IS AFRICA DONE WITH FOREIGN INVESTMENT BANKS? (LIA vs. Goldman Sachs)

By on October 17, 2016

On the 14th of October 2014 Reuters News reported  that Goldman Sachs (GS) had successfully fought back against a $1.2 billion claim brought by the Libyan Investment Agency (LIA). The suit brought by LIA the aggrieved party hinged on alleged undue influence and unconscionable bargaining both facilitated by oppressive and overreaching contract terms put in place by GS. Holding in a London courtroom for seven weeks, the High Court Judge Vivien Rose held that both LIA and its attorneys had exaggerated the naiveté of LIA management staff and their inability to understand the risky and speculative nature of the trade they were agreeing to. This just confirmed the assertion by GS that it was neither responsible for the choice of nine derivative trades selected by LIA nor was it GS’s responsibility to ensure that LIA had competent staff who were “sophisticated” enough to understand the risk associated with the trades in question. GS in its defense held that the transaction was an arms length transaction and the loss was as a result of an unforeseen economic depression. GS is reported to have netted $220 million in trade commissions, a big payday by all standards for the American bank.

The past two decades have been characterized by European and American Investment Banks with no apparent physical presence in Africa playing an increasingly significant role in filling the void created by the growing need for and absence of reputable African Investment Banks. Investment Banks play an important role of assisting African governments raise Euro/Dollar bonds to finance their budgets, significant outstanding foreign debt nearing maturity and important large scale infrastructural projects. Same foreign firms have also played a key role in assisting governments and Sovereign Wealth Funds (SWF) invest revenues generated by the sale of primary resources especially crude oil. Not so long ago these forecasted rainy days looked far away into the distant future until recently, when oil prices started taking a tumble from $100 to between $50 and $40 per barrel. This current drop in prices is a result of a supply glut in the market. A supply glut initially created by American and Canadian crude and later from OPEC’s refusal to cut supply to drive prices up.

While the $1.2 billion loss experienced by LIA in no way cripples the LIA whose AUM currently stands at $67 billion, the occurrence has turned out to be a very expensive lapse in judgement by LIA and a dent in the prestige of the Libyan people to be taken advantage of by a foreign bank. It is still common practice for foreign investment banks and advisory firms to be used in Africa. The question is for how long? The answer is deceptively simple and straight forward; until there are reputable advisories and investment banks on the ground capable of effectively addressing the increasing need by governments, sovereign wealth funds and multi national companies.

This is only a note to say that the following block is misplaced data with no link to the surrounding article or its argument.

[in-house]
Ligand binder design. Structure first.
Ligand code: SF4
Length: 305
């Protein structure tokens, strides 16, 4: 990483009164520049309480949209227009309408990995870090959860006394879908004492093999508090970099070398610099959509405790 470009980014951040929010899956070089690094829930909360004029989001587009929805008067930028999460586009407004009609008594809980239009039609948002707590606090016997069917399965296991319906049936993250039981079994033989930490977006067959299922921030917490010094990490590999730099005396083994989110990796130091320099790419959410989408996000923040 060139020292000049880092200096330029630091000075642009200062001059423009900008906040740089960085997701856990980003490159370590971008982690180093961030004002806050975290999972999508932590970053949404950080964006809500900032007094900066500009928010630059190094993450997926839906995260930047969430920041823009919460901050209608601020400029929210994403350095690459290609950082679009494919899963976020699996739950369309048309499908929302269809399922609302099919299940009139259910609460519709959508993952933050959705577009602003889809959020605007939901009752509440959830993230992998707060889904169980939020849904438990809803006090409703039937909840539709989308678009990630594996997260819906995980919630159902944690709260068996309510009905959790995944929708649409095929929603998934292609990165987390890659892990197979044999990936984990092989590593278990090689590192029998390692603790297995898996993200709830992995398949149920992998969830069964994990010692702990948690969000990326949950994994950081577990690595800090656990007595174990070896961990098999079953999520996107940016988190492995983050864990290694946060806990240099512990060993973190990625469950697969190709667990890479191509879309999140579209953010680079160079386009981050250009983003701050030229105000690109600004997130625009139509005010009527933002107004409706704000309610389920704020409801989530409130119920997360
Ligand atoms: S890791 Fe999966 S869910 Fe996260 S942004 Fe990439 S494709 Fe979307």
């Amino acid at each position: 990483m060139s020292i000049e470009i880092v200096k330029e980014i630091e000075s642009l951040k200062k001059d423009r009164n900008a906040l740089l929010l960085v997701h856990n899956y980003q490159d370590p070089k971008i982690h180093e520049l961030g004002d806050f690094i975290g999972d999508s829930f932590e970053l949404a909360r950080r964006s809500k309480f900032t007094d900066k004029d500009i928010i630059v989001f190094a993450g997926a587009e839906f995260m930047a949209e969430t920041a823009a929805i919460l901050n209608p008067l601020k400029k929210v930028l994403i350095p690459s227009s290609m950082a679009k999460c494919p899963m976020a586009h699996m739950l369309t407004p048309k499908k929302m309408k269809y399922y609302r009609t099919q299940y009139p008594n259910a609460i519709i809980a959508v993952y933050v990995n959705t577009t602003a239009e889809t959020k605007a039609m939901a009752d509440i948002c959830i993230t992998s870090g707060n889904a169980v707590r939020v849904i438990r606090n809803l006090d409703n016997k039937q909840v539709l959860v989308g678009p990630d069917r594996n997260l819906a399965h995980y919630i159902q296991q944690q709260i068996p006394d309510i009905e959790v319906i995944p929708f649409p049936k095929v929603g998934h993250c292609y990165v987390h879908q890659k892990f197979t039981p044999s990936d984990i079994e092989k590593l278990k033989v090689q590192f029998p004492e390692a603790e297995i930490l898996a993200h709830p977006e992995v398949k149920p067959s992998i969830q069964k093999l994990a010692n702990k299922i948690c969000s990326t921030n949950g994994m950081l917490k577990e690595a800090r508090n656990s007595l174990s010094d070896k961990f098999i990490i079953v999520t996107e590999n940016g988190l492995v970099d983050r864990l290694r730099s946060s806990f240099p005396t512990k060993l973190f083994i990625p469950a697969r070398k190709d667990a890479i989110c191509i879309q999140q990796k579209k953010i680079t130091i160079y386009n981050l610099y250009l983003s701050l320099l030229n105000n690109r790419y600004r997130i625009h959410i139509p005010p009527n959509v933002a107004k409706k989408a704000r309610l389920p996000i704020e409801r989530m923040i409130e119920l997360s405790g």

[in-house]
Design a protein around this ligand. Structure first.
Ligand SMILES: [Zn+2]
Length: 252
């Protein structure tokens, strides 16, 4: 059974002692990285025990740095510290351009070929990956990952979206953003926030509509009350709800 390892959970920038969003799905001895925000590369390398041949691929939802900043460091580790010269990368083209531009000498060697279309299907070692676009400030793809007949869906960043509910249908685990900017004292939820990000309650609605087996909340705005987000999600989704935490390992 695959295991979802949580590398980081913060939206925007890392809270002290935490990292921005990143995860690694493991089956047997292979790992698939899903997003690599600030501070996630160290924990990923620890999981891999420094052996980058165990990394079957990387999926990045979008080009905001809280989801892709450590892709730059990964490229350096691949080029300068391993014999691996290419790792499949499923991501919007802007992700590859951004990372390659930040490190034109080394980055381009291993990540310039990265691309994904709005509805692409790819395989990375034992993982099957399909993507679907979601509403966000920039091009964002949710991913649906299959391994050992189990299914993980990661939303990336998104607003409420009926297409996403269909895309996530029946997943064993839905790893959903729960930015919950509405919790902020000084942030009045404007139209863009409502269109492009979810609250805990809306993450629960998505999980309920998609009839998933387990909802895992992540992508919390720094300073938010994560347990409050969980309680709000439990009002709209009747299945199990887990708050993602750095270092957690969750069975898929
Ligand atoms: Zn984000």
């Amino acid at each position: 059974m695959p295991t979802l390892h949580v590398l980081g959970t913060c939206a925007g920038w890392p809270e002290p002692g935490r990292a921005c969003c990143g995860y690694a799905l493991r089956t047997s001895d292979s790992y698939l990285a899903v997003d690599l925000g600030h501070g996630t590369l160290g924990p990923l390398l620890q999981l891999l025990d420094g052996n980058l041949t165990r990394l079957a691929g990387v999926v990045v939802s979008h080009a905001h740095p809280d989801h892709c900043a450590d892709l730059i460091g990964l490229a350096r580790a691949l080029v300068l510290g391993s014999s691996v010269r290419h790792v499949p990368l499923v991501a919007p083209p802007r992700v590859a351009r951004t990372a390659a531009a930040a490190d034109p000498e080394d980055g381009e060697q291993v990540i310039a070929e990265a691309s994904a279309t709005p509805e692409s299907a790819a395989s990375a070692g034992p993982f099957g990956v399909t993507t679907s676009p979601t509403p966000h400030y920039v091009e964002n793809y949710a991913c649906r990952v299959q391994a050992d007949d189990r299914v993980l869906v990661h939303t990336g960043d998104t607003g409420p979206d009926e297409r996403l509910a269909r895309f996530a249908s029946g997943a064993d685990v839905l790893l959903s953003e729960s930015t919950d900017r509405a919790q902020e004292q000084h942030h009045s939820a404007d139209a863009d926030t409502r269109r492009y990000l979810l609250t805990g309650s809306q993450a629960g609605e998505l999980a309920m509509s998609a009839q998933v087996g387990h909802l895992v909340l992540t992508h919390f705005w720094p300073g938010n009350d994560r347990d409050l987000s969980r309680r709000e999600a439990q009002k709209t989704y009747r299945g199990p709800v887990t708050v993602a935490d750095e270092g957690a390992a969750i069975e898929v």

Africa is currently experiencing a steady return of African born bankers trained at top American and European business schools, endowed with stellar experience and deal making track records drawn from the world’s top banks to fill the void that exists in Africa. Reference here is being made of seasoned bankers looking to gradually build a robust corporate and investment banking industry in Africa. Given that there is more than enough room for foreign and local bankers to operate, there is bound to be an improvement in services offered by investment banks going forward due to increasing competition. The author estimates that It will be another decade before local investment banks can out compete foreign banking giants looking for business opportunities in Africa. The LIA case will no doubt serve as a cautionary tale to those looking to foreign entities for corporate finance needs. Government will be encourage to hire more experienced and trained staff, require foreign banks to partner with competent local firms and also update the bidding requirements/laws in this area.

To better protect their emergency funds, governments and sovereign wealth funds are better off hiring firms (local or foreign) who have their interest at heart, take time to provide full disclosure on product offerings, have strong internal regulations to discourage fraud and bribery as part of their business practice. Firms in contention for such deals must be compelled complete a relative risk assessment of what customer is requesting such that customers are aware of what they are getting into.  These requirements in no way excuse governments and SWFs from performing in house due diligence and proper background checks on the firms they intend to do business with. Part of the due diligence process would include a robust chain of approval for significant deals as was the situation in the LIA case.

LIA to conclude, is still not out of the woods as they are scheduled to battle it out in court with Societe Generale (SocGen) a French bank with whom they also had some transactions which resulted in an even bigger loss of $2.1 billion. Should LIA lose this case and a “likely” appeal in the GS case, LIA would have lost a total of $3.3 billion in transactions with two of the “best” known Investment Banks. Do governments in the developed world experience such transaction losses? This author was not able to find one similar that of LIA.

While Africa is definitely not done dealing with European and American bulge bracket Investment Banks, there is no doubt that relationship will be looked into closely and with caution going forward especially from the perspective of African governments and sovereign funds.

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